Throughout the 1940s, Lichine frequently worked in Hollywood on movie musicals and had considerable success, both as performer and choreographer. He can be seen as a specialty dancer in The Heat's On and Something to Shout About (both, 1943) and as Eleanor Powell's boogie partner in Sensations of 1945, released in 1944.[10] He and Riabouchinska, who had served as dance models for Ben Ali Gator and Hyacinth Hippo in the "Dance of the Hours" ballet sequence of Fantasia (1940), were hired by Walt Disney once again for Make Mine Music (1946), in which they give a charming performance in the "Two Silhouettes" sequence. As a choreographer, Lichine's first movie was Spring Night (1935), a remarkable short film in which he dances with Nana Gollner, but the ballet sequences for Cyd Charisse in The Unfinished Dance (1947) are generally considered his best work for the movie camera.[11]

In 1955, Lichine was invited by Edouard Borovansky to return to Australia to stage a full length Nutcracker for the Borovansky Ballet for its 1955-1956 season. Lichine had first visited Australia with the Covent Garden Russian Ballet (Original Ballet Russe) on their Australian tour of 1938-1939. Lichine's Nutcracker, a ballet that was a staple Christmas treat for Australian audiences for many years, premiered on 16 December 1955 with Peggy Sager as the Sugar Plum Fairy and Royes Fernandez as the Prince. During his visit to Australia, Lichine was also commissioned to create an original ballet, the result was Corrida, which had first been workshopped in Lichine's Los Angeles studio in 1952. Its world premiere as a fully realized production was on 17 February 1956, with the lead roles performed by Kathleen Gorham and Paul Grinwis.

In 1953, Lichine and Riabouchinska settled in Los Angeles, where they opened a ballet school and for some time also directed a performing group, the Los Angeles Ballet Theatre. She continued to teach at the school after his death in 1972, at the age of sixty-one.

Major worksEdit

  • 1935: Spring Night (short film; music, Achron)
  • 1937: Francesca da Rimini (music, Tchaikovsky)
  • 1938: Protée (music, Debussy)
  • 1938: The Prodigal Son (music, Prokofiev)
  • 1940: Graduation Ball (music, J. Strauss, arr. Dorati)
  • 1942: Helen of Troy (completing Fokine's work; music, Offenbach)
  • 1943: The Fair at Sorochinsk (music, Mussorgsky)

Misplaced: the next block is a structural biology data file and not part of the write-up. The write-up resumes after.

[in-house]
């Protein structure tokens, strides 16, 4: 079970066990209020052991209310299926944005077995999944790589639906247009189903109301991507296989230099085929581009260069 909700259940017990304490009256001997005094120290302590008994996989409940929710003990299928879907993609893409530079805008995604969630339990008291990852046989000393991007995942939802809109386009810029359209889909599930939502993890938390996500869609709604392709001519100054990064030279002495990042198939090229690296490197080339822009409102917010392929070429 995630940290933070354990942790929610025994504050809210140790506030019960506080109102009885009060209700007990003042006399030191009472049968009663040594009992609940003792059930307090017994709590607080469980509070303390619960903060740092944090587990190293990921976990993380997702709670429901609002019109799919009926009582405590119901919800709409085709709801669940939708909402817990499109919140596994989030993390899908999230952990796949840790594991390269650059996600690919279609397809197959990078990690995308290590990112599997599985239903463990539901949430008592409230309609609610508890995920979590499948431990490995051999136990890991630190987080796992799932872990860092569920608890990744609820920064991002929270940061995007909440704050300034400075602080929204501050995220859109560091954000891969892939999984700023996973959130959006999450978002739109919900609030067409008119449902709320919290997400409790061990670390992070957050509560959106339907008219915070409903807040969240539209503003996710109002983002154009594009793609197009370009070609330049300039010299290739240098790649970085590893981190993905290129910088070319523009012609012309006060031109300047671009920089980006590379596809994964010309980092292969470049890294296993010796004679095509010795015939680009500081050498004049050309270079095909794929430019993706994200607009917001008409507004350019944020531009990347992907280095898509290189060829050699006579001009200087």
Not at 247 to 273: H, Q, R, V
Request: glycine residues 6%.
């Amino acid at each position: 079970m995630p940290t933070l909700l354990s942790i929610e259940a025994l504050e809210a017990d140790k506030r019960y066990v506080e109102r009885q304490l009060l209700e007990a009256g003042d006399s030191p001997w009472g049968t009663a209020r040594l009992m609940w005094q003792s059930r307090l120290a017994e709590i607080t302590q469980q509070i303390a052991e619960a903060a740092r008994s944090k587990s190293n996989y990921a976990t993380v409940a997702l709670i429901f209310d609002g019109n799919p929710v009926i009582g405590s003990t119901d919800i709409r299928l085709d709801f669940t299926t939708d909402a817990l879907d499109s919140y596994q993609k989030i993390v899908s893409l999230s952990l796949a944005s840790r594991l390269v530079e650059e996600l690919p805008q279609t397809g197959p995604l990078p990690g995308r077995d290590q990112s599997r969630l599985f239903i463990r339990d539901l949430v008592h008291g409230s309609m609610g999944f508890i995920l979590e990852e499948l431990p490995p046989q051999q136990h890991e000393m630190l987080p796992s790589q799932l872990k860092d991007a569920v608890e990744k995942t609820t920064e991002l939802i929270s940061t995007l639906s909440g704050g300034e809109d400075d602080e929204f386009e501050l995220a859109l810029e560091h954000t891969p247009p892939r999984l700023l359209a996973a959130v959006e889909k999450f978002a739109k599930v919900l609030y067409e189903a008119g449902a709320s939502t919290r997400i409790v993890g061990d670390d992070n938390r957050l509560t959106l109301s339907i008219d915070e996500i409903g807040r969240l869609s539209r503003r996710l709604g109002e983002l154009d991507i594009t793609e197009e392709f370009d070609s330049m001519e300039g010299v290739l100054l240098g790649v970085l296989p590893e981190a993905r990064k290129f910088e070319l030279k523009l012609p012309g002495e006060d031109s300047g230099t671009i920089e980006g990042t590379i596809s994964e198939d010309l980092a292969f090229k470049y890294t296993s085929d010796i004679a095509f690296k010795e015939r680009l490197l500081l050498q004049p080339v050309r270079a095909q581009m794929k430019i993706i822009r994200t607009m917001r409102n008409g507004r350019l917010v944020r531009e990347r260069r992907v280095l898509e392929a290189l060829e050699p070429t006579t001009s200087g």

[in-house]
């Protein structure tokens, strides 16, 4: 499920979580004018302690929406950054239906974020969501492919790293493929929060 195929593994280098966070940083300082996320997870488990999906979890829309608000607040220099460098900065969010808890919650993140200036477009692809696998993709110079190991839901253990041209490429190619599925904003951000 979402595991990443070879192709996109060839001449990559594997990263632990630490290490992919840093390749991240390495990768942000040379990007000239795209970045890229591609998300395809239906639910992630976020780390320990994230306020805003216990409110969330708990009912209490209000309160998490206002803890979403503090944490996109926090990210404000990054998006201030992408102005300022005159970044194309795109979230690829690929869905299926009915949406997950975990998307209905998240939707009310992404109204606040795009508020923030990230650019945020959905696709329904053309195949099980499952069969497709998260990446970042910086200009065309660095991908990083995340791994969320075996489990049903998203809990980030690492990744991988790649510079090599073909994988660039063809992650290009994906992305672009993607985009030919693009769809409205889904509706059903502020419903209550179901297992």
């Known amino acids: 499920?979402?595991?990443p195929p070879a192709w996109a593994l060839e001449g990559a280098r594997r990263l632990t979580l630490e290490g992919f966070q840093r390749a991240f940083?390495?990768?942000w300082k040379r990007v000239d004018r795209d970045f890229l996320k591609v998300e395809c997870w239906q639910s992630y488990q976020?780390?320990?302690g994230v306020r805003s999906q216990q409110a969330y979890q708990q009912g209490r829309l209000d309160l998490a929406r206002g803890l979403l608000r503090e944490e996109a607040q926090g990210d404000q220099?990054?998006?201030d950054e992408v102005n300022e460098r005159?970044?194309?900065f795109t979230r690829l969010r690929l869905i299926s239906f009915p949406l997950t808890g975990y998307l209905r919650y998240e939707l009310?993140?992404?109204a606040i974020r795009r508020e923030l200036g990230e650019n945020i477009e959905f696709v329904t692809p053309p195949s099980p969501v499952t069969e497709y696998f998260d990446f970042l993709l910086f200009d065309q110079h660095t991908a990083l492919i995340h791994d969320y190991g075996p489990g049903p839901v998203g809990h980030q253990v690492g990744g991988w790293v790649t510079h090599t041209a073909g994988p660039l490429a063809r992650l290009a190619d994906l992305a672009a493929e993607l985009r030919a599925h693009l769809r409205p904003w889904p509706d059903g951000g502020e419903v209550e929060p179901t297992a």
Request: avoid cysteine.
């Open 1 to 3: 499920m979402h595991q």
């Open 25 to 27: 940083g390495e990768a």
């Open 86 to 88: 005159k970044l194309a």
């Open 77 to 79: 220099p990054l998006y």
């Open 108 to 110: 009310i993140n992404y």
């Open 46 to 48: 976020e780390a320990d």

• 1946: Cain and Abel (music, Wagner)
  • 1947: Evolución del Movimiento (music, Franck)
  • 1948: La Rencontre, ou Oedipe et le Sphinx (music, Sauget)

See alsoEdit


  1. ^ Leland Windreich, "Lichine, David," in International Encyclopedia of Dance (New York: Oxford University Press, 1998), vol. 4, pp. 178–79.
  2. ^ Kathrine Sorley Walker, De Basil's Ballets Russes (London: Hutchinson, 1982).
  3. ^ Vicente García-Márquez, The Ballets Russes: Colonel de Basil's Ballet Russe de Monte Carlo, 1932–1952 (New York: Knopf, 1990).
  4. ^ Windreich, "Lichine, David" (1998), p. 178.
  5. ^ Kathrine Sorley Walker, "Lichine, David," in International Dictionary of Ballet, edited by Martha Bremser (Detroit: St. James Press, 1993), vol. 2, pp. 852–53. Contains extensive chronologies of roles performed and works created.
  6. ^ Anne Robinson, "The Work of the Dancer and Choreographer David Lichine (1910–1972): A Chronology of the Ballets with a Brief Critical Introduction," Journal of the Society for Dance Research (Edinburgh), vol. 19, no. 2 (Winter 2001), pp. 7-51.
  7. ^ Nancy Reynolds and Susan Reimer-Torn, "Graduation Ball," in Dance Classics: A Viewer's Guide to the Best-Loved Ballets and Modern Dances (Chicago: A Capella Books, 1981).
  8. ^ Richard C. Norton, A Chronology of American Musical Theater (New York: Oxford University Press, 2002), vol. 2, p. 888.
  9. ^ García-Márquez, The Ballets Russes (1990), pp. 292–95, 308.
  10. ^ Larry Billman, "Lichine, David," in Film Choreographers and Dance Directors (Jefferson, N.C.: MacFarland, 1997), pp. 392–94.
  11. ^ Windreich, "Lichine, David" (1998), p. 178.

External linksEdit